On Making Digital Subscriptions Work

All Things Digital has an interesting essay by John Squires: Apple, Google and the Publishers: Here’s How to Make Subscriptions Work. Squires used to be a senior executive at Time Inc and is founder of Next Issue Media a company that is stealthily developing a new approach to marketing and selling digital magazines on tablet platforms.

Squires echoes cries of anguish that have been coming from his peers in the consumer magazine industry:

In recent weeks, we’ve heard growing concern from magazine and newspaper publishers regarding the challenge of providing content for mobile media while preserving their print franchises. The concern is nothing new, but it’s apparent that content providers are at risk of losing track of their customers like toddlers in a shopping mall. Squires All Things D

Its news to me that magazine publishers care for their subscribers the way parents look after toddlers in a shopping mall. Squires goes on to say:

Devices like the iPad offer consumers a rich reading experience and offer publishers even more targeted advertising, but the revenue tradeoff as publishers navigate the path from print to this new world is lopsided–and not in a good way.

The problem for Squires is that he can’t see the old business model working for publishers with the new digital magazines. Publishers are not going to be ‘allowed’ to track their toddlers in the ways in which they have been accustomed to do. Furthermore Squires doesn’t think that subscriptions are going to work for digital publishers:

Isn’t selling your magazine through an app store and receiving 70 percent of the revenues a great deal? After all, magazine subscription agents and newsstands don’t return anywhere near that amount to publishers. But this is argument misses an important point. In iTunes and the Android Marketplace, there’s virtually no merchandising of magazine products. A magazine app must swim to the top of several hundred thousand other applications. And even in the context of a dedicated magazine store, the publisher won’t control featuring.The value of the brand must pull the consumer through to the purchase. And brands are expensive to build and nurture….Squires All Things D

So the litany of complaints continues. Despite the potential for a ‘rich reading experience’ life is going to be very hard for digital magazine publishers, they will have to (1) create the rich reading experience (2) support devices on various platforms (3) market their wares (4) do some ‘feature control’ of their own so that their magazines come to the top of the heap (5) build their brands and (6) figure out how this fiercely competitive and rapidly evolving world is going to work. Perhaps Mr Squires should look to the example of Rupert Murdoch and go and build a publication which will meet those challenges head on.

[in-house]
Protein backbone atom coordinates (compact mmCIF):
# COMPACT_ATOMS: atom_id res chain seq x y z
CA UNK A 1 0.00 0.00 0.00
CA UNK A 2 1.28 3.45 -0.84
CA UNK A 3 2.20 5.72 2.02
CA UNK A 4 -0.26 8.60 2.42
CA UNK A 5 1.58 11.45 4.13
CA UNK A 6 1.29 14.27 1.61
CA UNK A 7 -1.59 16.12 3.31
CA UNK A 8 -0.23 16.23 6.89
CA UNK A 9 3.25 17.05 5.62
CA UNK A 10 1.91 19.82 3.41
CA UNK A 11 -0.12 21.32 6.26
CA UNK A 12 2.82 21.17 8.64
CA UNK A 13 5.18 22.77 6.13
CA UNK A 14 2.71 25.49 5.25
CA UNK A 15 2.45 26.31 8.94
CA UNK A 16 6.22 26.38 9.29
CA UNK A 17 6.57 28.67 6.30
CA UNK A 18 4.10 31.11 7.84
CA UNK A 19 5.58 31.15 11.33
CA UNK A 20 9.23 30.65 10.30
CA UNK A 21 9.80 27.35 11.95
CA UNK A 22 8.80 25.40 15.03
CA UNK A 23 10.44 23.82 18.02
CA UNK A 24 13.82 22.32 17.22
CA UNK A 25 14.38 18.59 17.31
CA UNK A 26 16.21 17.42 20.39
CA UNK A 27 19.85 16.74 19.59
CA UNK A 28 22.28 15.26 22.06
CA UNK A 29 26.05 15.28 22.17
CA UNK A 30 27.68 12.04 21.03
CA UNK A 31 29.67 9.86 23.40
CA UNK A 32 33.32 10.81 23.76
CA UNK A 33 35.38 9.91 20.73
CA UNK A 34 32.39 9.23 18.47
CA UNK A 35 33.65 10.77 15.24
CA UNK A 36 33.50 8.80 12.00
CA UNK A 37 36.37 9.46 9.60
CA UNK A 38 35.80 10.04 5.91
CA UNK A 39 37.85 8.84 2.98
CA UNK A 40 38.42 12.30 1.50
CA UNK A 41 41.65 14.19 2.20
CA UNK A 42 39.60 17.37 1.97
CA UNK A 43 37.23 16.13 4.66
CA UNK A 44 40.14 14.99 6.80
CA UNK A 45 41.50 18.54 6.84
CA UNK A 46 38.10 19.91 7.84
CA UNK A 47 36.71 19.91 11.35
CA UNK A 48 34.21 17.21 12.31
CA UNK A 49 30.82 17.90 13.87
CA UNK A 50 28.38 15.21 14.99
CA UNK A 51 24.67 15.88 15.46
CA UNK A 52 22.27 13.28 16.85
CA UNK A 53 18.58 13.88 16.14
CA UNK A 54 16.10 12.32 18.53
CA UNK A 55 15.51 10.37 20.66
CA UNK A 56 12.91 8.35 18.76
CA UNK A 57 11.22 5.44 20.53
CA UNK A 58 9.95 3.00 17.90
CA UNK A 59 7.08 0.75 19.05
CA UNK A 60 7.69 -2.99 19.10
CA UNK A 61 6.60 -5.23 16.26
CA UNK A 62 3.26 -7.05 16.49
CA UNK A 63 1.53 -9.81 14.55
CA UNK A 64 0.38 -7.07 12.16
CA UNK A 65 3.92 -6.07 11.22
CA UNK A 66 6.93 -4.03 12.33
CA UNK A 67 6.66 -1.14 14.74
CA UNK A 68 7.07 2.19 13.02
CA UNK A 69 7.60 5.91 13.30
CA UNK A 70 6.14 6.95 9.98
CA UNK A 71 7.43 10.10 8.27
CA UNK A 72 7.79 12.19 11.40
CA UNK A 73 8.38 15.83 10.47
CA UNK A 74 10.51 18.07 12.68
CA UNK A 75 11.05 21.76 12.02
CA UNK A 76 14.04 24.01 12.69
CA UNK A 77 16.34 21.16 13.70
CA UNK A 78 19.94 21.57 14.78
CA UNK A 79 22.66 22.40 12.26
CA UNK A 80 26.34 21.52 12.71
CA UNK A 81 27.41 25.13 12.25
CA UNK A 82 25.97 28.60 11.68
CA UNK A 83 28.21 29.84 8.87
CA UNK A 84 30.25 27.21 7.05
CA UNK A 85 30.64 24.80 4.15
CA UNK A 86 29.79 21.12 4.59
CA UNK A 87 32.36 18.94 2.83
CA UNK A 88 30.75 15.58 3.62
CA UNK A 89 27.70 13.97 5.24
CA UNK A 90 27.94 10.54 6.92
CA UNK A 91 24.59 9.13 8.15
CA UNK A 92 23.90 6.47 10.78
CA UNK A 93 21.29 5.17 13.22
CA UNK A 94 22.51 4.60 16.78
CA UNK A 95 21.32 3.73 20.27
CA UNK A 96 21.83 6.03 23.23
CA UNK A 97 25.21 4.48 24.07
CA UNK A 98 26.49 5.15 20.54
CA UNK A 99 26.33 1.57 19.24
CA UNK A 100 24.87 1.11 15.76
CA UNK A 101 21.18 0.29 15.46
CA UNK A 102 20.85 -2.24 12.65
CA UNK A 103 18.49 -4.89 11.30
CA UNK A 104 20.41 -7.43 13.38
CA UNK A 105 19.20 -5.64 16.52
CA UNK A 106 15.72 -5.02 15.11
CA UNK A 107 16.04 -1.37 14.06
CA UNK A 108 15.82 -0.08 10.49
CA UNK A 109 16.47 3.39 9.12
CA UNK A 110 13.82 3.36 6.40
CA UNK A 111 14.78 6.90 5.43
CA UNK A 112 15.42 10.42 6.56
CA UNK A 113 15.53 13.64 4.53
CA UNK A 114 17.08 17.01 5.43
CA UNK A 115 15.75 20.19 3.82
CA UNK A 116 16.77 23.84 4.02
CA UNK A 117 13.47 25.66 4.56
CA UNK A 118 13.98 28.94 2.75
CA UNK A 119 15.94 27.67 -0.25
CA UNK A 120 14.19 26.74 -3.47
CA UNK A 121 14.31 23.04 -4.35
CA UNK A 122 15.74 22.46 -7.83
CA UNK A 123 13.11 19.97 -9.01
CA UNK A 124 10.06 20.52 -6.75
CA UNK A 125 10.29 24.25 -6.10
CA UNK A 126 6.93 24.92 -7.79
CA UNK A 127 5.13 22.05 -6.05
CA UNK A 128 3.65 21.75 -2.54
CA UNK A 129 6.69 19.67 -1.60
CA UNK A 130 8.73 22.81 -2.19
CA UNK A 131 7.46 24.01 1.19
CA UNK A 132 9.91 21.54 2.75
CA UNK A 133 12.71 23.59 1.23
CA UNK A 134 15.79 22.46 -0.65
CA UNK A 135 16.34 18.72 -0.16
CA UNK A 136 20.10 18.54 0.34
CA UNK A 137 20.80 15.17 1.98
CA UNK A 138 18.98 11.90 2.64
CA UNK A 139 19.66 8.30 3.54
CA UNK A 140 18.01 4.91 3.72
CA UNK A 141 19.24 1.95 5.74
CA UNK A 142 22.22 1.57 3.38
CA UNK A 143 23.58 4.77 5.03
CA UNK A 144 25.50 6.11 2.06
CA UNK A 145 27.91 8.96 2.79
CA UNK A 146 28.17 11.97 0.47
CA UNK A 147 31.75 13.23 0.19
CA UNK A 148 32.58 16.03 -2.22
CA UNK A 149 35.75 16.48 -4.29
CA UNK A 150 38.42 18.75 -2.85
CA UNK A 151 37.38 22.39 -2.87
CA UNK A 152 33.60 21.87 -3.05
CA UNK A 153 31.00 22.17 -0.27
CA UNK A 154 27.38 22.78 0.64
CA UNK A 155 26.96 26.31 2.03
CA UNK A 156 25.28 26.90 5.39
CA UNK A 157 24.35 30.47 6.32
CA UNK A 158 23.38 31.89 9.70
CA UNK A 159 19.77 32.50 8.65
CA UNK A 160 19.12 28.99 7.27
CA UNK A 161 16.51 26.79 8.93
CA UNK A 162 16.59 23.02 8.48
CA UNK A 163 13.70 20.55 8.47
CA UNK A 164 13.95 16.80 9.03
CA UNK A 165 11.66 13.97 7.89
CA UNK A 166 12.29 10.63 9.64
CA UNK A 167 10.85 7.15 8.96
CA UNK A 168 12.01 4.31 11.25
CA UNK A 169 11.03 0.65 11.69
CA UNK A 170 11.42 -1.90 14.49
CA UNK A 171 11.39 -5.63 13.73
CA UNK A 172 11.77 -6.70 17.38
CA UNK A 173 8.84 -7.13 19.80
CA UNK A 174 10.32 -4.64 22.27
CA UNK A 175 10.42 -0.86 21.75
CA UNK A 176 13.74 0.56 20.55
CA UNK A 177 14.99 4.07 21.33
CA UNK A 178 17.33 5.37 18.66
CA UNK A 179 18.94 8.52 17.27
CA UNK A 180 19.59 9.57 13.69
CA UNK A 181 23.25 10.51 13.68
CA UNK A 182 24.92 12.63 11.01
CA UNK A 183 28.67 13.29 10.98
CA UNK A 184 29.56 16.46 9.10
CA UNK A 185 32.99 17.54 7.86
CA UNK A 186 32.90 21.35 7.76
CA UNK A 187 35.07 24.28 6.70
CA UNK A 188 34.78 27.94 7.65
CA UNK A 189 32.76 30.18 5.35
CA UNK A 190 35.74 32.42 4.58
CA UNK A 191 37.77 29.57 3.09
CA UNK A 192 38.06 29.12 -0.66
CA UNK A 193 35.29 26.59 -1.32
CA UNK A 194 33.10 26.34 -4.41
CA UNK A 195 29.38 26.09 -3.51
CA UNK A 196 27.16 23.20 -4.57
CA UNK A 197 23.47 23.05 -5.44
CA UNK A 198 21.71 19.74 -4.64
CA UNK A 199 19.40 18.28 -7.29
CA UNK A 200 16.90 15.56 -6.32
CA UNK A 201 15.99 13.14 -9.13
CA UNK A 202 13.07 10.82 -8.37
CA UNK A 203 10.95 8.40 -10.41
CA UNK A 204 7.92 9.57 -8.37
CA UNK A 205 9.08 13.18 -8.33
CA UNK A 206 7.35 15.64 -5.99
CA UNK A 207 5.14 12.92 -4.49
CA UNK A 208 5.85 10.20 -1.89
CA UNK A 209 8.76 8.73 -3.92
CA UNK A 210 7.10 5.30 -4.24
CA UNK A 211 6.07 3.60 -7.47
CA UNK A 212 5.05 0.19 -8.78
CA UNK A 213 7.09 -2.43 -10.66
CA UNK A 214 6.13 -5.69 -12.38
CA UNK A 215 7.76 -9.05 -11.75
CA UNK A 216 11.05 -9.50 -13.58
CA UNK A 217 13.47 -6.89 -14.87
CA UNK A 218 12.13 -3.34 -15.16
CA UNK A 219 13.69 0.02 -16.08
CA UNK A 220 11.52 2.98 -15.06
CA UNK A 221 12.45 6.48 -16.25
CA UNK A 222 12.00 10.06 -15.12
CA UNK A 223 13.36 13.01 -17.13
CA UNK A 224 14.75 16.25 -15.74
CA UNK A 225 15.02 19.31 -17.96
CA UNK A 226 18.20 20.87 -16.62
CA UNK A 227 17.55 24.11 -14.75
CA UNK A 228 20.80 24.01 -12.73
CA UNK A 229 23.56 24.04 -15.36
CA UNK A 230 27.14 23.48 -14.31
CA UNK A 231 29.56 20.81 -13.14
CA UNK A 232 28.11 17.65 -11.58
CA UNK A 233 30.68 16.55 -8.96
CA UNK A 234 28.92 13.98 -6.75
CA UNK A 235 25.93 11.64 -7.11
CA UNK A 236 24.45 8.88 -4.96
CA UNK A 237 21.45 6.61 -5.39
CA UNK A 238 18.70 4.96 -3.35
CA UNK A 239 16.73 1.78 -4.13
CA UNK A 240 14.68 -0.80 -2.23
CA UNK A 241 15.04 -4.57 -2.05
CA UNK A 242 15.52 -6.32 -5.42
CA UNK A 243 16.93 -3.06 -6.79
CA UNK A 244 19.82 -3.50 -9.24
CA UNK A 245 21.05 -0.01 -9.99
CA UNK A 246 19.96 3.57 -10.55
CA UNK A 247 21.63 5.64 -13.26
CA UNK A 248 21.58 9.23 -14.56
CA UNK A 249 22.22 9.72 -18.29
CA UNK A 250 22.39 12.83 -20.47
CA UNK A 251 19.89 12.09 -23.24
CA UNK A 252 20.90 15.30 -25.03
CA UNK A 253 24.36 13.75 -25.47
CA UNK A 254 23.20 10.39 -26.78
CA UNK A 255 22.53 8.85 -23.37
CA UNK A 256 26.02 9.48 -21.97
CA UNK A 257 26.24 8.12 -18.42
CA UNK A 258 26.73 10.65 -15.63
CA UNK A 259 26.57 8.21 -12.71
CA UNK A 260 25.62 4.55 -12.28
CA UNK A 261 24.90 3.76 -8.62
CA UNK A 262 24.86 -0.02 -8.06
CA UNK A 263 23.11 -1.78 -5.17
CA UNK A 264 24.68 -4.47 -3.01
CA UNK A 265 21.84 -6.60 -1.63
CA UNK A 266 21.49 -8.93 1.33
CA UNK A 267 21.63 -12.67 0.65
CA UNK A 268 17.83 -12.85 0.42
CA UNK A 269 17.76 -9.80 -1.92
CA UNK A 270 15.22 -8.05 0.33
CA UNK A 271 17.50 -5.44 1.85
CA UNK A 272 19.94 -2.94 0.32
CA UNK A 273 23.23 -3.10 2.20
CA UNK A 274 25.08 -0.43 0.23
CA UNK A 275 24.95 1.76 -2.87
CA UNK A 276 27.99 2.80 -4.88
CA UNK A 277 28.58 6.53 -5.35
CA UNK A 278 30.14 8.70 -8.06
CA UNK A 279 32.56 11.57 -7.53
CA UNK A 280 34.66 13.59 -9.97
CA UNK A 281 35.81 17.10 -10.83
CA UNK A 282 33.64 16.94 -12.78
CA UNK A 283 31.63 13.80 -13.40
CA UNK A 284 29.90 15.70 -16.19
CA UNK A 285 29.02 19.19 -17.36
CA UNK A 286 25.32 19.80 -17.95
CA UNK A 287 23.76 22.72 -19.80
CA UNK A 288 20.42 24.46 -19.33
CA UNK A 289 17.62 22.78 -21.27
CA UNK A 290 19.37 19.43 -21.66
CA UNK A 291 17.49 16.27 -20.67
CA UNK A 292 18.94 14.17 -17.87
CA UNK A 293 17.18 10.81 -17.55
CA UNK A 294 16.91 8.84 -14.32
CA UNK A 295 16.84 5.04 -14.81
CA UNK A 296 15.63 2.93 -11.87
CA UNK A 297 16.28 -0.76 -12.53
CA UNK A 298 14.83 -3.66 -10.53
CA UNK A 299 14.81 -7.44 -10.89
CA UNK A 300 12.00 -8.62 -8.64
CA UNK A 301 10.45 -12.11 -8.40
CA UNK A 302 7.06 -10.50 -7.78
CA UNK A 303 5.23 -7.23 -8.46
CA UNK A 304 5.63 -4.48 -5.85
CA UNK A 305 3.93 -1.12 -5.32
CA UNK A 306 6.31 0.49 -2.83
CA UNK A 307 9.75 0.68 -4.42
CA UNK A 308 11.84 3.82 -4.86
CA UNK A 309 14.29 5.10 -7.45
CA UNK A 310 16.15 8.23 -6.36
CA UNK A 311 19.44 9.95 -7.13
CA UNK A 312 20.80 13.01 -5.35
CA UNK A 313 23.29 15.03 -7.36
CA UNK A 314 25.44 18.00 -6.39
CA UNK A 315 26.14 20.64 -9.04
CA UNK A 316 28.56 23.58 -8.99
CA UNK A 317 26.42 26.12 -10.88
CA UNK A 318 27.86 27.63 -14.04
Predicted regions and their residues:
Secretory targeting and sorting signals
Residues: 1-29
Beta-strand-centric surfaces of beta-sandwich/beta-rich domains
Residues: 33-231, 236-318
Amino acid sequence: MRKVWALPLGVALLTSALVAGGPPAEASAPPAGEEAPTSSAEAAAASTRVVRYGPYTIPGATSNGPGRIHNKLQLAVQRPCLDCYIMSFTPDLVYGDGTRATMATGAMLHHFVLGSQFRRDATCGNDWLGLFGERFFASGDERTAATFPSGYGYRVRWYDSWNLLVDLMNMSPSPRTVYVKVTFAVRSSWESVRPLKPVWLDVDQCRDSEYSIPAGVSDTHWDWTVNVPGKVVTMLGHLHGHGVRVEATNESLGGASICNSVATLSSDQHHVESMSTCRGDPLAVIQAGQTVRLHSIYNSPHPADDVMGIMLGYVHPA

Squires’s proposed solution for this difficult quandary in which the magazine finds itself is to propose some industry wide standard solutions (perhaps it will appeal to the likes of Google, Apple, and Microsoft because) “there’s a significant long-term advantage for the software industry to make friends with 150 million magazine consumers.” As though these technology titans are going to reach agreement on standard procedures so that the magazine publishers existing business model can be replicated in the digital framework?

Make what you can of John Squires’ specific proposals. The second one astonished me: (the software industry should) “Create simple APIs that connect the handful of major print fulfillment houses to application storefronts so existing print accounts can be harmonized with digital access.” Exact Editions has been doing almost exactly this for many of the publishers with whom we work. But note, such a solution has to work potentially for hundreds of print fulfillment houses (surely it is a sign of some Time-induced complacency to suppose that only the ‘handful’ of ‘major’ fulfillment houses count). It has to be general and generalisable. Furthermore the trick is to work with the APIs of the print fulfillment houses (not of the e-commerce store fronts), so the discussions have to take place between the publishers and the fulfillment houses and their IT houses and app developers. This sort of business has to be under the control and to the account of publishers for it to work the way they want it to. You do not attach conventional print subscriptions to digital subs — which is what Squires on a strict interpretation is suggesting as the desired solution. You attach digital or app solutions to print subscriptions. That way the publishers (via their fulfillment houses) stay in control of the crucial customer relationship. There is no point asking Google or Apple to build your digital back-end. They are not going to do that, and furthermore the magazine industry really does not want them to do so. Which is where we started, with Mr Squires bleating that Apple controls too much data and will not provide access to the iTunes accounts of Apple’s customers who subscribe to digital magazines. Why on earth should they? An iTunes customer who buys a magazine app from iTunes is an iTunes customer before she is a customer of the magazine app. The position is rather different with a subscriber who is already a customer of the magazine and the publishers can insist that their customers are treated with the respect and reciprocity that they deserve. They are already a subscriber to the (print) magazine and so should be offered free access via the app. The Economist got this right by providing free app access to all its existing print subscribers. Time Inc and the other big American consumer publishers is getting it so wrong by refusing to do this

Work around it, and start publishing digital solutions that customers want…..

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